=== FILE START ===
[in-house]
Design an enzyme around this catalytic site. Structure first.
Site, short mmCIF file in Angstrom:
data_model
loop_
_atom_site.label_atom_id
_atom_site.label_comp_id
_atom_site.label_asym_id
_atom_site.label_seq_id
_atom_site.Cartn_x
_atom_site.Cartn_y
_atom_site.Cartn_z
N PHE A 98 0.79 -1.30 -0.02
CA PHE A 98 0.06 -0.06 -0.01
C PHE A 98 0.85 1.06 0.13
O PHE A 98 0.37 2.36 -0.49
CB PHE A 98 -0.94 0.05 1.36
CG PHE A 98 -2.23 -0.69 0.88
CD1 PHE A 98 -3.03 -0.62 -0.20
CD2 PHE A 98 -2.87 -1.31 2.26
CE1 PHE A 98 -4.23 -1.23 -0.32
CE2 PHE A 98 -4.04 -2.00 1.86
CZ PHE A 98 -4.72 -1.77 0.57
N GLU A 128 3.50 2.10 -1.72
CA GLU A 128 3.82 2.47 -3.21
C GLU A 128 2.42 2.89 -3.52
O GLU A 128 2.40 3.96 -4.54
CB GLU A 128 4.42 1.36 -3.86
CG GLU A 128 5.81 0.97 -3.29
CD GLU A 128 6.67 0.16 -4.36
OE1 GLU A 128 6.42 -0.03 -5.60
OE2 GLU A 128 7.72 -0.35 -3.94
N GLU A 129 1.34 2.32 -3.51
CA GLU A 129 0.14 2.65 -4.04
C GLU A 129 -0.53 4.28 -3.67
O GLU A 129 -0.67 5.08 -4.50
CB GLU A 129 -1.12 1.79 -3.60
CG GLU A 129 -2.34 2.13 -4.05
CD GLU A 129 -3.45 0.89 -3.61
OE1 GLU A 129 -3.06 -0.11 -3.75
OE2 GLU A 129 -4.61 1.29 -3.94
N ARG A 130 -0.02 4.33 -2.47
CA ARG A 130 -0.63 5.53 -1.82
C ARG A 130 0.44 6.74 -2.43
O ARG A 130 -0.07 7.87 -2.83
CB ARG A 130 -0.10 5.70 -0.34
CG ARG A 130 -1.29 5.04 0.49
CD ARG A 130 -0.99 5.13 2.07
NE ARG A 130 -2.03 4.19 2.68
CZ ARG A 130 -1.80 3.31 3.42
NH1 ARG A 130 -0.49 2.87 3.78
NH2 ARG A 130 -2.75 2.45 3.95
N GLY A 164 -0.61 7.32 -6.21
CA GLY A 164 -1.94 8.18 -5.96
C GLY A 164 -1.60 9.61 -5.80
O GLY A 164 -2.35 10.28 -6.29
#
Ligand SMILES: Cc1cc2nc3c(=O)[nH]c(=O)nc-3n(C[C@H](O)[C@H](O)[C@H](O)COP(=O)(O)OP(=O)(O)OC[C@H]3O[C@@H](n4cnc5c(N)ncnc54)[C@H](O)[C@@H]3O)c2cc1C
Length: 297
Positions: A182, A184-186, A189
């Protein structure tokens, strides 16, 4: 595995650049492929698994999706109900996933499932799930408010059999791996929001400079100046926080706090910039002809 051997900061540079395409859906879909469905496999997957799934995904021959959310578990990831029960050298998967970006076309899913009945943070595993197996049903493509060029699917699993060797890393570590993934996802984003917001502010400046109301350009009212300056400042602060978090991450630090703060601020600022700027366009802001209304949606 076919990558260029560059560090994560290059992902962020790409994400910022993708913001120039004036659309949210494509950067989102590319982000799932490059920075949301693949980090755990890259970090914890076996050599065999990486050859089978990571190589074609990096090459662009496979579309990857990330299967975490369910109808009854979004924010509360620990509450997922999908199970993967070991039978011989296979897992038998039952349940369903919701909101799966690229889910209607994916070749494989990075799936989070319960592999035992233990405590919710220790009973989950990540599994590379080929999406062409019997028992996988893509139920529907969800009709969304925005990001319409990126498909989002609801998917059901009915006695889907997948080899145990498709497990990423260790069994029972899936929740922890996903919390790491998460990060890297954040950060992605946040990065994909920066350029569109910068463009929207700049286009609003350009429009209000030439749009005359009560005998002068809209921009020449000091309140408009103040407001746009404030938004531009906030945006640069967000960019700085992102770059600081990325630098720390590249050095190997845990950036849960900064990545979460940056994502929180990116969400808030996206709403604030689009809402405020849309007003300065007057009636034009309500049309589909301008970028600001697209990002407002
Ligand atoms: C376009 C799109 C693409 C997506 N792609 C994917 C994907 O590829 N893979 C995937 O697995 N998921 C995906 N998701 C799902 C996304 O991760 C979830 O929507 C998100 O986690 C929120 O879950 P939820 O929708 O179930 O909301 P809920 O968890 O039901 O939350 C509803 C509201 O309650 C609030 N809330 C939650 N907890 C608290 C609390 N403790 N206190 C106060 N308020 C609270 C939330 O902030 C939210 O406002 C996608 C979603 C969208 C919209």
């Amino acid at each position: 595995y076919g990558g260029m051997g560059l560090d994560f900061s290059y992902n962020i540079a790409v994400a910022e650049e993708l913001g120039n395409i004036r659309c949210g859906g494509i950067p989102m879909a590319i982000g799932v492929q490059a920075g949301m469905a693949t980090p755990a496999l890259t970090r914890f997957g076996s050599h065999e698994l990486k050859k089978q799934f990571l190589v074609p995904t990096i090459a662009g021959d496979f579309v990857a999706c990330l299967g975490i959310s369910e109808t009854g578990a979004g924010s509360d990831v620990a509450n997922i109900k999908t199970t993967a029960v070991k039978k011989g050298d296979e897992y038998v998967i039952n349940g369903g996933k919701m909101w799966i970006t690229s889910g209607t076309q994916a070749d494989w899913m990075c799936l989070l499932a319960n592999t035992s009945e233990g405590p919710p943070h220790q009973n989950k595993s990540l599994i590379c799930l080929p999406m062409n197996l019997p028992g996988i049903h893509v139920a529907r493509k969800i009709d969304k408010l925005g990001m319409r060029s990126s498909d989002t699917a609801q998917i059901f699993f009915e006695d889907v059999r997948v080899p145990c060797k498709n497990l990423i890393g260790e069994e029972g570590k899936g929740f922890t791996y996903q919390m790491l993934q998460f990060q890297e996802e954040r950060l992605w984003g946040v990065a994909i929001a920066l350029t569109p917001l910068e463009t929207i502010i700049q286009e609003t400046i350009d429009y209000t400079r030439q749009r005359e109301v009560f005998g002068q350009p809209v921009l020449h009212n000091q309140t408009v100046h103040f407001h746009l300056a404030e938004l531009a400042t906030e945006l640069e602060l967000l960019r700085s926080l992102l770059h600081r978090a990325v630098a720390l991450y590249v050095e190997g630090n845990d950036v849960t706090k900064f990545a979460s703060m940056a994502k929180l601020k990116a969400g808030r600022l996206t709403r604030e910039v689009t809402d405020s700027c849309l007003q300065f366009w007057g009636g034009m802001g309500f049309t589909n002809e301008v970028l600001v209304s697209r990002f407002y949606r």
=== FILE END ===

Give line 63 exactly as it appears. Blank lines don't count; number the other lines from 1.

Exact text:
């Amino acid at each position: 595995y076919g990558g260029m051997g560059l560090d994560f900061s290059y992902n962020i540079a790409v994400a910022e650049e993708l913001g120039n395409i004036r659309c949210g859906g494509i950067p989102m879909a590319i982000g799932v492929q490059a920075g949301m469905a693949t980090p755990a496999l890259t970090r914890f997957g076996s050599h065999e698994l990486k050859k089978q799934f990571l190589v074609p995904t990096i090459a662009g021959d496979f579309v990857a999706c990330l299967g975490i959310s369910e109808t009854g578990a979004g924010s509360d990831v620990a509450n997922i109900k999908t199970t993967a029960v070991k039978k011989g050298d296979e897992y038998v998967i039952n349940g369903g996933k919701m909101w799966i970006t690229s889910g209607t076309q994916a070749d494989w899913m990075c799936l989070l499932a319960n592999t035992s009945e233990g405590p919710p943070h220790q009973n989950k595993s990540l599994i590379c799930l080929p999406m062409n197996l019997p028992g996988i049903h893509v139920a529907r493509k969800i009709d969304k408010l925005g990001m319409r060029s990126s498909d989002t699917a609801q998917i059901f699993f009915e006695d889907v059999r997948v080899p145990c060797k498709n497990l990423i890393g260790e069994e029972g570590k899936g929740f922890t791996y996903q919390m790491l993934q998460f990060q890297e996802e954040r950060l992605w984003g946040v990065a994909i929001a920066l350029t569109p917001l910068e463009t929207i502010i700049q286009e609003t400046i350009d429009y209000t400079r030439q749009r005359e109301v009560f005998g002068q350009p809209v921009l020449h009212n000091q309140t408009v100046h103040f407001h746009l300056a404030e938004l531009a400042t906030e945006l640069e602060l967000l960019r700085s926080l992102l770059h600081r978090a990325v630098a720390l991450y590249v050095e190997g630090n845990d950036v849960t706090k900064f990545a979460s703060m940056a994502k929180l601020k990116a969400g808030r600022l996206t709403r604030e910039v689009t809402d405020s700027c849309l007003q300065f366009w007057g009636g034009m802001g309500f049309t589909n002809e301008v970028l600001v209304s697209r990002f407002y949606r």